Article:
Trading masticatory juices with someone who may have just consumed something on the menu that you wouldnât have dreamt of choosing is such a part of western culture that virtually all of us have engaged in it at some time; some by force, some by guile, and some through mutualÂ attraction.
As with every cultural habit, there are strict rules in force that you break at your peril. Strangers are expected to ask permission first, unless they are very famous, then you are supposed to be flattered. Grand-parents exercise the droit du seigneur and if you want to receive your birthday present, youâd best pucker up and endure. Even if Grandpaâs false teeth are loose.
Ignoring the research of literary types, relying on early Verdic texts who claim that kissing originated in ancient India and travelled to Greece when Alexander the Great invaded India â anthropologists prefer the theory that kissing originated in ancient caves with no electricity to power the Babyblender and a screaming infant to feed. Harassed Mothers would chew a mouthful of bison leg until it resembled a Sainsburyâs âOrganic Bison and Polenta first lunchâ and palm the rug rat off with that. Penguin style. Mouth to mouth.
Kissing originating as a method of feeding infants doesnât explain why a large portion of society spends Saturday night under neon lights with an earth vibrating bass beat trying to recreate a method of feeding that went out of fashion when the first cave got electricity. Nor does it explain why not all cultures continue the practice. The Trobriand, a Papua New guinea tribe, prefer to bite each others eyelashes off, missing eyelashes being a sign of a potential partner being available for sexual activity. (I assume they havenât met chemotherapy…) Whilst those of the Manchu tribe, finding our western âkissâ to be far too sexual for public consumption, cheerfully perform fellatio on their young male children as a sign of affection. (Probably best not to mention your proud Manchu heritage when applying for a job as a nursery maid).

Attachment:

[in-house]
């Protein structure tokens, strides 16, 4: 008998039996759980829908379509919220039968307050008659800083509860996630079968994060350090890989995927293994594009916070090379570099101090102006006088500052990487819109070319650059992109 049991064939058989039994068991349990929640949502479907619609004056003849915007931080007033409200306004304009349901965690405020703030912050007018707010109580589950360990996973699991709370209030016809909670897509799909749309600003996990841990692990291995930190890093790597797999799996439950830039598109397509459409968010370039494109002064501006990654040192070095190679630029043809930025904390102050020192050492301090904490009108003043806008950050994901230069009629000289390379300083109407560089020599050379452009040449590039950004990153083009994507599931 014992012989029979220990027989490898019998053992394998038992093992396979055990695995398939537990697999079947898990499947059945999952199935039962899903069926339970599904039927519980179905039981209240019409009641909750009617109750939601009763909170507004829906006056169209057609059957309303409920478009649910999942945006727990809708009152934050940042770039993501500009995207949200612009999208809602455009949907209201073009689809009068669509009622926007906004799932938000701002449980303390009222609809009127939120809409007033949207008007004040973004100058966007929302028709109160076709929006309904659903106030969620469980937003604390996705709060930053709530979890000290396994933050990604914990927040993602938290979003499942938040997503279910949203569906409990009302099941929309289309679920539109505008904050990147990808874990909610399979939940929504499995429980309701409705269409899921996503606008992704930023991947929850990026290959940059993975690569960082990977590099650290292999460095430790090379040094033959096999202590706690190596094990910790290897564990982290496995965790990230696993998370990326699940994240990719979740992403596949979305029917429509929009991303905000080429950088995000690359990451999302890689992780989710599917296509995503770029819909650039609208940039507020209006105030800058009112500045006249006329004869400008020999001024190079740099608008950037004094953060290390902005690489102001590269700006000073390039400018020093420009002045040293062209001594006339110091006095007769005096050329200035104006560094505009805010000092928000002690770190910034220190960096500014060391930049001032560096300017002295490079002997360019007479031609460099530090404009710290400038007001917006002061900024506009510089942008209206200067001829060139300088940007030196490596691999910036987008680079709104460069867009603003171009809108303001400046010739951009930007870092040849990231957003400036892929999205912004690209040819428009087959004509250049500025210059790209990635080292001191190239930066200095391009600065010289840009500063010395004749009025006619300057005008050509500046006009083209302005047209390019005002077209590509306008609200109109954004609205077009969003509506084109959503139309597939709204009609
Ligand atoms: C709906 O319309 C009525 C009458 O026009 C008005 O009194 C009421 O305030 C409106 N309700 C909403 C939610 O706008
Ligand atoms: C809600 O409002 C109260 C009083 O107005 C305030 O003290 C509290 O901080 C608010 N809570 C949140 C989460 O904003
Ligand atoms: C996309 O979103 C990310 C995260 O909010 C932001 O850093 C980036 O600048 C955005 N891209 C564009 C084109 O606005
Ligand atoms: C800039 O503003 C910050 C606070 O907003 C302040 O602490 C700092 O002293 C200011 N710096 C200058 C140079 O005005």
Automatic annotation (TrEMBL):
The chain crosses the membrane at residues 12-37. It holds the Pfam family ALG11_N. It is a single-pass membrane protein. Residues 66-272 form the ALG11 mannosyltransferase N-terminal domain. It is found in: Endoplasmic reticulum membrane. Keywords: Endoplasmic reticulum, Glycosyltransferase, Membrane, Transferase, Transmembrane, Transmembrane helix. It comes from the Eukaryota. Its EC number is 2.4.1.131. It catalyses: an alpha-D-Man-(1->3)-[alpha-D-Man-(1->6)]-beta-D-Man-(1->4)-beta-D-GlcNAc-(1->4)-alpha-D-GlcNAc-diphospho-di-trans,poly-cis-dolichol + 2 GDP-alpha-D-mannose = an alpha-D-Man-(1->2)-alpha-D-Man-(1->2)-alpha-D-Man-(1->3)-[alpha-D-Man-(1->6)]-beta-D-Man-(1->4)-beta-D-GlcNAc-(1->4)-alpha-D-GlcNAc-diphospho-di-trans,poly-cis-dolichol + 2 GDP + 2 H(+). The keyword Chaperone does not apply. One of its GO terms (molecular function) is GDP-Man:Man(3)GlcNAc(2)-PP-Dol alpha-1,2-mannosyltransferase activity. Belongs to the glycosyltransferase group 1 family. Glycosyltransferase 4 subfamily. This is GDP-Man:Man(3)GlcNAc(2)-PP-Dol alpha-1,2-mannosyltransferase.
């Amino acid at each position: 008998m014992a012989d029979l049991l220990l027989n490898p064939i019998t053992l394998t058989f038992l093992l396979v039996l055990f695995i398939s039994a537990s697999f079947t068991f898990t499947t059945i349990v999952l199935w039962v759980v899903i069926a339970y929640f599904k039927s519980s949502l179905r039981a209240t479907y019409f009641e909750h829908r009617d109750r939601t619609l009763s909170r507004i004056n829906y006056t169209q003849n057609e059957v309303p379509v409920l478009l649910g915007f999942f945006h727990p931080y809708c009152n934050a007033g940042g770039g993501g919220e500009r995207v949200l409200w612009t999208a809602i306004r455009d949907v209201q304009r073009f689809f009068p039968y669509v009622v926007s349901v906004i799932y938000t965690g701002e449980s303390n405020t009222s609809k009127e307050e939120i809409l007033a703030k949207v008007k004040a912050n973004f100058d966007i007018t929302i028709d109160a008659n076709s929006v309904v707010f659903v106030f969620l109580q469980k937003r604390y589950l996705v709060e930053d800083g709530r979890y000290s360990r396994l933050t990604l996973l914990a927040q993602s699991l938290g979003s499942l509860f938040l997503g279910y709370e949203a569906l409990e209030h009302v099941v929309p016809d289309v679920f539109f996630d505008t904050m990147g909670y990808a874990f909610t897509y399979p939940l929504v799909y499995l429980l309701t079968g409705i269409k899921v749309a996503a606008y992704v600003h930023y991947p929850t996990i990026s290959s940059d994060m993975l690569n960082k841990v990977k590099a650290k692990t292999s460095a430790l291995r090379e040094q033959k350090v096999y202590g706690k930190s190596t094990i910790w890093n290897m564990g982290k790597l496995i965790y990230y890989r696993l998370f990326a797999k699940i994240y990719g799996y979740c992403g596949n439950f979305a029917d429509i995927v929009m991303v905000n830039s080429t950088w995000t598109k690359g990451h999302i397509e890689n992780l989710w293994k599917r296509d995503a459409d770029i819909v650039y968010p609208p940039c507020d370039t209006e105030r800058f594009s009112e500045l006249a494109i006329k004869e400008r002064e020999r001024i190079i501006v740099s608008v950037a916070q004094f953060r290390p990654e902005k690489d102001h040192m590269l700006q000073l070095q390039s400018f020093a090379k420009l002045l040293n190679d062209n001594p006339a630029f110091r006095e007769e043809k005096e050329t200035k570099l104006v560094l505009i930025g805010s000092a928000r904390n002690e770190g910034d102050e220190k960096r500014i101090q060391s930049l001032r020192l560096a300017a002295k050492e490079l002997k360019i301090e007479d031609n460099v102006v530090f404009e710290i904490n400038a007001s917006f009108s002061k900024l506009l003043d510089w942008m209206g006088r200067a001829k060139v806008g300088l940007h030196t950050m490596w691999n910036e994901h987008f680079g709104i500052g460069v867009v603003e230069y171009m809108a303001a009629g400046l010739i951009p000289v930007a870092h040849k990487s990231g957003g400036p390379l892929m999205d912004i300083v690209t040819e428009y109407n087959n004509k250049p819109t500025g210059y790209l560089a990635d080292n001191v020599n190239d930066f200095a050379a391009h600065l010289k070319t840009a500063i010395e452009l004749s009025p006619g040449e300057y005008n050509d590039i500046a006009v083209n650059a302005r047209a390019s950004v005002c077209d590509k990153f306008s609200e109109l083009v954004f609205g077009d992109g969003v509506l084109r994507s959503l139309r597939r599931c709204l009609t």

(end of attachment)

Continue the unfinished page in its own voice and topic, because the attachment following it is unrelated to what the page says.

Justin Garcia, along with two other researchers, looked at comprehensive data from 168 cultures across the world and found the âromantic-sexual kissâ was present only in 46 percent of those cultures.
âI think this is a reminder of Western ethnocentrismâ, he said. âWe see something so often, and we assume itâs everywhere.â
The French, who allegedly gave the world âFrench kissingâ or Galocher a s the slang term which has only just made it into the Dictionnaire Larousse would have it, kiss on each cheek. Everybody. All the time. Endlessly. Join a party of twelve for lunch and it takes half an hour before you can sit down. All that touching and kissing form an early age does have the advantage that their nurses are the better for it; no hang ups about putting an arm around you when things are dire, or a comforting hand on the arm when delivering bad news. Yet they have social hang ups of their own regarding kissing on the lips, believing the mouth to be an erogenous zone therefore not appropriate to kiss a baby on the mouth.
A hang up that seems to have crossed the channel. I find it strange that the British have no qualms about kissing their children on the lips, nor family members doing so, yet are appalled by the idea of a stranger kissing the kid on the lips. Given that incest is the most likely cause of sexual abuse in a young child, logically they should be more concerned about the family invading this infant erogenous zone?
Having said that, I have known two adults who habitually kissed everyone they met on the lips, one male, one female, and trust me â the female caused far more consternation amongst women than the male ever did. (It did help that he was remarkably good looking â and he didnât kiss the men!)
So, an incredibly divisive subject (perfect for the Anna Raccoon blog!)
Do you? Donât you? Would you? Wouldnât you? Why not? Where not? And if you insist, who not?